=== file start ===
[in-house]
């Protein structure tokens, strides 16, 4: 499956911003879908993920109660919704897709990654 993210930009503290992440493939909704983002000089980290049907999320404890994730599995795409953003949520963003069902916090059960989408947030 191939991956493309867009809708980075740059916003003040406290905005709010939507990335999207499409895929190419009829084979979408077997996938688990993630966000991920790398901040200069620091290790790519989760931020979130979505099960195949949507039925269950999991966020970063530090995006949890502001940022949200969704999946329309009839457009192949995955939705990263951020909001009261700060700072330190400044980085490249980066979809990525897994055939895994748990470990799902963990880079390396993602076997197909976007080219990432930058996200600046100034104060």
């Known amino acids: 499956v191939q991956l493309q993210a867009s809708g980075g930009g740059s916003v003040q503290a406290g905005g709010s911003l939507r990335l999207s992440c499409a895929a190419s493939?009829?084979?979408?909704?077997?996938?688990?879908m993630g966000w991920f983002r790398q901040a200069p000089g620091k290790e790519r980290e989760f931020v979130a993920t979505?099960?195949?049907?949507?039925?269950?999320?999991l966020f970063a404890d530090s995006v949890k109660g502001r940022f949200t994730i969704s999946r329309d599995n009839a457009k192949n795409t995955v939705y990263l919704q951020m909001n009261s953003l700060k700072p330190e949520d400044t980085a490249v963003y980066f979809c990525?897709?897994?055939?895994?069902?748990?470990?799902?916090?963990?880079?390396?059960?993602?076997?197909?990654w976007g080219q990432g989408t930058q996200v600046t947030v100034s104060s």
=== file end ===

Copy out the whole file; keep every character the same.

[in-house]
């Protein structure tokens, strides 16, 4: 499956911003879908993920109660919704897709990654 993210930009503290992440493939909704983002000089980290049907999320404890994730599995795409953003949520963003069902916090059960989408947030 191939991956493309867009809708980075740059916003003040406290905005709010939507990335999207499409895929190419009829084979979408077997996938688990993630966000991920790398901040200069620091290790790519989760931020979130979505099960195949949507039925269950999991966020970063530090995006949890502001940022949200969704999946329309009839457009192949995955939705990263951020909001009261700060700072330190400044980085490249980066979809990525897994055939895994748990470990799902963990880079390396993602076997197909976007080219990432930058996200600046100034104060």
């Known amino acids: 499956v191939q991956l493309q993210a867009s809708g980075g930009g740059s916003v003040q503290a406290g905005g709010s911003l939507r990335l999207s992440c499409a895929a190419s493939?009829?084979?979408?909704?077997?996938?688990?879908m993630g966000w991920f983002r790398q901040a200069p000089g620091k290790e790519r980290e989760f931020v979130a993920t979505?099960?195949?049907?949507?039925?269950?999320?999991l966020f970063a404890d530090s995006v949890k109660g502001r940022f949200t994730i969704s999946r329309d599995n009839a457009k192949n795409t995955v939705y990263l919704q951020m909001n009261s953003l700060k700072p330190e949520d400044t980085a490249v963003y980066f979809c990525?897709?897994?055939?895994?069902?748990?470990?799902?916090?963990?880079?390396?059960?993602?076997?197909?990654w976007g080219q990432g989408t930058q996200v600046t947030v100034s104060s």